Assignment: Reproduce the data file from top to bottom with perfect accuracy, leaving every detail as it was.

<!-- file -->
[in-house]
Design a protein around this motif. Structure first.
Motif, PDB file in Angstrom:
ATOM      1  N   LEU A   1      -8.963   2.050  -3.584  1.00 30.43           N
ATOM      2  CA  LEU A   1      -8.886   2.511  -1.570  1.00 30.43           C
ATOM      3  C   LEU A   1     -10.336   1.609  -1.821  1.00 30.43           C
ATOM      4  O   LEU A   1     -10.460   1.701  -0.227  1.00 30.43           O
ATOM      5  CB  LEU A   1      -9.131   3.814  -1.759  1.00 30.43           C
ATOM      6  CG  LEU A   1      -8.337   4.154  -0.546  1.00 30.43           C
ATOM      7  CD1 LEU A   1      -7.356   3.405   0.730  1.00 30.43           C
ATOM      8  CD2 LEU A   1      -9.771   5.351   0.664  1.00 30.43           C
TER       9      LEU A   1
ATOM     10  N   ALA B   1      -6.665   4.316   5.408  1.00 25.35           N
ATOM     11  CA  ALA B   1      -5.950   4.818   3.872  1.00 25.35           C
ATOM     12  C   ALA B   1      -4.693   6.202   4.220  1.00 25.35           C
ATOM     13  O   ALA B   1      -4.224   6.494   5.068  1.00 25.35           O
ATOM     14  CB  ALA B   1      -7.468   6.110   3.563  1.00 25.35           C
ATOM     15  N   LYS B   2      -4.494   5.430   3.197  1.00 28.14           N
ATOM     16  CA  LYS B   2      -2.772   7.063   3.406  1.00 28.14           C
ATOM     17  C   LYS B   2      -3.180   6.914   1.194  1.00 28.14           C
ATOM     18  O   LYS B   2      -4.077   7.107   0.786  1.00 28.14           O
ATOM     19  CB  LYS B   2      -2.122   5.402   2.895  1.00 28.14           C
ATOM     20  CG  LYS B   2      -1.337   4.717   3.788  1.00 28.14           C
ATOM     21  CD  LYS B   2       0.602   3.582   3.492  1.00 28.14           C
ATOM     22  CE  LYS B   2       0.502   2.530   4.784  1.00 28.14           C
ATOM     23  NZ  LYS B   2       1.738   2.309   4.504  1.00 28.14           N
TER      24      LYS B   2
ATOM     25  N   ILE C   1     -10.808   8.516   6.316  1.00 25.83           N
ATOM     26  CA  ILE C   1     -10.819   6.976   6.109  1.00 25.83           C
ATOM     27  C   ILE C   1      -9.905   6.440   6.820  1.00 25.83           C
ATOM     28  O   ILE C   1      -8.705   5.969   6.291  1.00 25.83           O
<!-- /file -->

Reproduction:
[in-house]
Design a protein around this motif. Structure first.
Motif, PDB file in Angstrom:
ATOM      1  N   LEU A   1      -8.963   2.050  -3.584  1.00 30.43           N
ATOM      2  CA  LEU A   1      -8.886   2.511  -1.570  1.00 30.43           C
ATOM      3  C   LEU A   1     -10.336   1.609  -1.821  1.00 30.43           C
ATOM      4  O   LEU A   1     -10.460   1.701  -0.227  1.00 30.43           O
ATOM      5  CB  LEU A   1      -9.131   3.814  -1.759  1.00 30.43           C
ATOM      6  CG  LEU A   1      -8.337   4.154  -0.546  1.00 30.43           C
ATOM      7  CD1 LEU A   1      -7.356   3.405   0.730  1.00 30.43           C
ATOM      8  CD2 LEU A   1      -9.771   5.351   0.664  1.00 30.43           C
TER       9      LEU A   1
ATOM     10  N   ALA B   1      -6.665   4.316   5.408  1.00 25.35           N
ATOM     11  CA  ALA B   1      -5.950   4.818   3.872  1.00 25.35           C
ATOM     12  C   ALA B   1      -4.693   6.202   4.220  1.00 25.35           C
ATOM     13  O   ALA B   1      -4.224   6.494   5.068  1.00 25.35           O
ATOM     14  CB  ALA B   1      -7.468   6.110   3.563  1.00 25.35           C
ATOM     15  N   LYS B   2      -4.494   5.430   3.197  1.00 28.14           N
ATOM     16  CA  LYS B   2      -2.772   7.063   3.406  1.00 28.14           C
ATOM     17  C   LYS B   2      -3.180   6.914   1.194  1.00 28.14           C
ATOM     18  O   LYS B   2      -4.077   7.107   0.786  1.00 28.14           O
ATOM     19  CB  LYS B   2      -2.122   5.402   2.895  1.00 28.14           C
ATOM     20  CG  LYS B   2      -1.337   4.717   3.788  1.00 28.14           C
ATOM     21  CD  LYS B   2       0.602   3.582   3.492  1.00 28.14           C
ATOM     22  CE  LYS B   2       0.502   2.530   4.784  1.00 28.14           C
ATOM     23  NZ  LYS B   2       1.738   2.309   4.504  1.00 28.14           N
TER      24      LYS B   2
ATOM     25  N   ILE C   1     -10.808   8.516   6.316  1.00 25.83           N
ATOM     26  CA  ILE C   1     -10.819   6.976   6.109  1.00 25.83           C
ATOM     27  C   ILE C   1      -9.905   6.440   6.820  1.00 25.83           C
ATOM     28  O   ILE C   1      -8.705   5.969   6.291  1.00 25.83           O